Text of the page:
August 21, 2006

August 21, 2006 | Commentary on Middle East

Dealing with Damascus: Isolate Assad

Notice anything different about the recent round of diplomatic efforts to resolve Lebanon's latest crisis? Strikingly, Syria was nowhere to be found.

Thankfully, for the first time in years, Damascus played no visible role in resolving a Lebanese predicament. Just like Syria's withdrawal from Lebanon last year after a 30-year occupation, this is good news.

In fact, it also gives the Bush administration a small victory, vindicating its policy of isolating the mischief-making dictatorship of Syrian strongman, Basher, er, Bashar Assad.

Assad was even forced to try to jack up his sinking stock, using a "rah-rah" speech last week in Damascus, where he scolded his weak Arab brethren and offered his laughable leadership to the Arab cause.

While Damascus attempts to make itself relevant again, taking advantage of the Syrian/Iranian-inspired destruction in Lebanon, now isn't the time to cave to "feel-good" efforts to engage the Assad regime.

On the contrary, now is the time to turn the international spotlight on Damascus' treachery in the recent Israel-Hezbollah war, and look to others to put the squeeze on Assad and his Baathist cronies.

Sure, isolating Syria further could drive it deeper into the Iranian camp, although many argue that it's already there. But Syria will never achieve leadership of the Arab world while riding a Persian carpet.

Ignoring Damascus could also encourage Syria - in concert with Iran - to throw more support behind Hezbollah, raising tensions and potentially enflaming Lebanon in another war.

But, Syria is actually more vulnerable now than at anytime in the recent past, despite the less-than-optimum outcome - to say the least - in Lebanon for the U.S. and Israel.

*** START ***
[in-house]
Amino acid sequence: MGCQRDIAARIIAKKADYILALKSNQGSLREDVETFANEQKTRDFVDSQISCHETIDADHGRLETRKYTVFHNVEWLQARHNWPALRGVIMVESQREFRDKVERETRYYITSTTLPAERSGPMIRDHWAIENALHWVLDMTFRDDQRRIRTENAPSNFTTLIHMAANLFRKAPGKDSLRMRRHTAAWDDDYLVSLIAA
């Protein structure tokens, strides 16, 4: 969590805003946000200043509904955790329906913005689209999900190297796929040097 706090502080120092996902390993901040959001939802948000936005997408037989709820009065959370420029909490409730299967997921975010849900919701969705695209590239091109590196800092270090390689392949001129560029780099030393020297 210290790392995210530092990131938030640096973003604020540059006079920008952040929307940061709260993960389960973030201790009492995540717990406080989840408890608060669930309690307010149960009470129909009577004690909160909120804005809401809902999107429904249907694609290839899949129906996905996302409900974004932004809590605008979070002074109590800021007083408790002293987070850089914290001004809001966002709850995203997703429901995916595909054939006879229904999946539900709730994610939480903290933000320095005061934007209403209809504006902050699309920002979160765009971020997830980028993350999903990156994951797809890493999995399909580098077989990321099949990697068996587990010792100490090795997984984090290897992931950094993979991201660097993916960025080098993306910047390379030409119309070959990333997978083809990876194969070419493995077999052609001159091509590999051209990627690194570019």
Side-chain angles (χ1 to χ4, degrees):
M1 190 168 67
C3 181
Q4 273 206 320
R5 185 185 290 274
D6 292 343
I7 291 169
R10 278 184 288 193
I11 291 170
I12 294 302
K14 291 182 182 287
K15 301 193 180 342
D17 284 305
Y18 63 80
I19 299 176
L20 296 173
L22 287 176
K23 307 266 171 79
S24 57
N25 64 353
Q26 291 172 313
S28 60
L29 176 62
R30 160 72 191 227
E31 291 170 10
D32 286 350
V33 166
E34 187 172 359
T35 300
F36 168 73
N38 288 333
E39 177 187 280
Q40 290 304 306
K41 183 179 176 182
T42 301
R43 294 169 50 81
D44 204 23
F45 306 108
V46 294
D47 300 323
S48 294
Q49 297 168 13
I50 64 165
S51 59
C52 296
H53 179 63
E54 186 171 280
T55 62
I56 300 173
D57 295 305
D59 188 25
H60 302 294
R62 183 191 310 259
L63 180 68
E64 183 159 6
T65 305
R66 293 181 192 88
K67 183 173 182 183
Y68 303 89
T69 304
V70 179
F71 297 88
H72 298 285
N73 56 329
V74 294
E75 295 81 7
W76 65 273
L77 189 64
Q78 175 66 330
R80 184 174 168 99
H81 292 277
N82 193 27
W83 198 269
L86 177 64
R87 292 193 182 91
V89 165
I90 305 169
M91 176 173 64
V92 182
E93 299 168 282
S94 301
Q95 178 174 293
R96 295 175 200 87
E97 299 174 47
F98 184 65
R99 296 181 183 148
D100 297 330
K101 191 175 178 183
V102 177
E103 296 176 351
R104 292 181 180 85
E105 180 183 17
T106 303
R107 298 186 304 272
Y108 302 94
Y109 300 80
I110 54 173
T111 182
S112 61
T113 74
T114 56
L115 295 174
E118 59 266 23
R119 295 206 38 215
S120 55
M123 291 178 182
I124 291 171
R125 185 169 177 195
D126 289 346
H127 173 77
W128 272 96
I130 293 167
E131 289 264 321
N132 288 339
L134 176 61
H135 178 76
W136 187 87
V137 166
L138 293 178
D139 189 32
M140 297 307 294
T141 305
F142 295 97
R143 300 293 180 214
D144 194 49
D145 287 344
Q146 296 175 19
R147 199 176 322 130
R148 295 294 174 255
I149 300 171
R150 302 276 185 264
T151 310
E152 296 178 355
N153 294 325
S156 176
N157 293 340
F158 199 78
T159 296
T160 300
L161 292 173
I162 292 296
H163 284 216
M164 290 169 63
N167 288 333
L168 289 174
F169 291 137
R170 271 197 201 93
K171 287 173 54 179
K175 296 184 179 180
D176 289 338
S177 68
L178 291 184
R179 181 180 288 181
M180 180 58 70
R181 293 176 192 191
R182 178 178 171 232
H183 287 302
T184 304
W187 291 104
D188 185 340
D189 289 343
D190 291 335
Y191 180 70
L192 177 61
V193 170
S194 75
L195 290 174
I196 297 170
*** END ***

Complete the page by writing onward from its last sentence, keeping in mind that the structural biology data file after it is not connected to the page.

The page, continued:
In fact, Assad's recent chest-beating in the aftermath of the war in Lebanon is more a cry for help than a credible call to "arms."

The Franco-American wisdom in pushing Syria's chair back from the Lebanon negotiating table has isolated Damascus, greatly undermining its already limited diplomatic leverage.

While administering a coup de grace to the Assad regime is probably not now in the cards, more pressure on Damascus could lead to a positive change in Syria's roguish behavior.

OK, so what can be reasonably done?

First, Syria is an extremely weak state, especially economically. Unlike its pal Iran, it has no oil or gas to keep its impotent, centralized economy afloat.

While the U.S. doesn't trade a lot with Syria, Europe does, especially Germany and Italy, who are by far its largest trading partners.

So, since we're of a like mind with the French on Lebanon/Syria at least for the moment, we should call upon Paris to lean on its European amis to cut trade with Damascus.

We can also implement additional elements of the Syrian Accountability Act, an American law which would restrict companies that trade with Syria from operating in the U.S. market.

Second, the United States should work to isolate Syria from other leading regional states, including Egypt, Jordan, Saudi Arabia and Turkey, reminding them of the cost of Syrian-instigated instability to regional peace, prosperity and security.

Third, Syria is much less influential without its terrorist toady, Hezbollah. On its own, Damascus has little - to no - political clout in the region and its Soviet-era military has no punch.

This means that separating Syria from Hezbollah would be akin to removing one of its limbs - further limiting its influence in achieving national objectives, such as regaining the Golan Heights from Israel.

That is why a robust international force is needed in southern Lebanon, at sea- and airports across the country - and along the Syrian border, especially at key crossing points - to prevent the wounded Hezbollah from being rearmed by Damascus and Tehran.

If measures like this are implemented against Syria, Damascus should see that pal-ing around with Tehran and supporting Hezbollah is counterproductive to the health - and wealth - of the regime.

Even then, unfortunately, there is no guarantee that Assad will have a sudden epiphany on the road to Damascus. But giving him statesman's stature, instead of that of a thug, will only encourage other "bad actors" to employ his tactics, rather than those of reform.

Peter Brookes, a senior fellow at The Heritage Foundation, is the author of "A Devil's Triangle: Terrorism, WMD and Rogue States."

About the Author

Peter Brookes Senior Fellow, National Security Affairs
Douglas and Sarah Allison Center for Foreign and National Security Policy

First appeared in the New York Post